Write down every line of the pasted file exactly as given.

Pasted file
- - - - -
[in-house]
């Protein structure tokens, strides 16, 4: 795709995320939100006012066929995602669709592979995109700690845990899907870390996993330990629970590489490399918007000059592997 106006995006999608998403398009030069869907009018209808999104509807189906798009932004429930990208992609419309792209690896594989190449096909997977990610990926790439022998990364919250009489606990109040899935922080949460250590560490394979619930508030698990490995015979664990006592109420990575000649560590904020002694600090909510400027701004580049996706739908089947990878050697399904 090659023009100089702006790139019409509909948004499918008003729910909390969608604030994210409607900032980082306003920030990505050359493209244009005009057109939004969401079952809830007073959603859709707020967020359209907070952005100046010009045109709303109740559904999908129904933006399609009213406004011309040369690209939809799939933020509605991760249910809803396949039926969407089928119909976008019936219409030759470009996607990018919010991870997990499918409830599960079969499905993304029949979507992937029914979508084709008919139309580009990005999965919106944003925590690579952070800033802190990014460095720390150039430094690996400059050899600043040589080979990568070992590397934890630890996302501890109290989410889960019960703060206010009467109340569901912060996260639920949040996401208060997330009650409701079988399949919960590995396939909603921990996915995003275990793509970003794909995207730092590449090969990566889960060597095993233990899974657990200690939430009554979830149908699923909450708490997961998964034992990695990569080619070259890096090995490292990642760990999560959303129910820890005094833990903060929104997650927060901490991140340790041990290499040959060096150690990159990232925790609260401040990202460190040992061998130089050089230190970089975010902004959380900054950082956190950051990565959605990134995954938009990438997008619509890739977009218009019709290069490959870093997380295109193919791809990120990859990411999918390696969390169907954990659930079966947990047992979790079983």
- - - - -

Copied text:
[in-house]
């Protein structure tokens, strides 16, 4: 795709995320939100006012066929995602669709592979995109700690845990899907870390996993330990629970590489490399918007000059592997 106006995006999608998403398009030069869907009018209808999104509807189906798009932004429930990208992609419309792209690896594989190449096909997977990610990926790439022998990364919250009489606990109040899935922080949460250590560490394979619930508030698990490995015979664990006592109420990575000649560590904020002694600090909510400027701004580049996706739908089947990878050697399904 090659023009100089702006790139019409509909948004499918008003729910909390969608604030994210409607900032980082306003920030990505050359493209244009005009057109939004969401079952809830007073959603859709707020967020359209907070952005100046010009045109709303109740559904999908129904933006399609009213406004011309040369690209939809799939933020509605991760249910809803396949039926969407089928119909976008019936219409030759470009996607990018919010991870997990499918409830599960079969499905993304029949979507992937029914979508084709008919139309580009990005999965919106944003925590690579952070800033802190990014460095720390150039430094690996400059050899600043040589080979990568070992590397934890630890996302501890109290989410889960019960703060206010009467109340569901912060996260639920949040996401208060997330009650409701079988399949919960590995396939909603921990996915995003275990793509970003794909995207730092590449090969990566889960060597095993233990899974657990200690939430009554979830149908699923909450708490997961998964034992990695990569080619070259890096090995490292990642760990999560959303129910820890005094833990903060929104997650927060901490991140340790041990290499040959060096150690990159990232925790609260401040990202460190040992061998130089050089230190970089975010902004959380900054950082956190950051990565959605990134995954938009990438997008619509890739977009218009019709290069490959870093997380295109193919791809990120990859990411999918390696969390169907954990659930079966947990047992979790079983």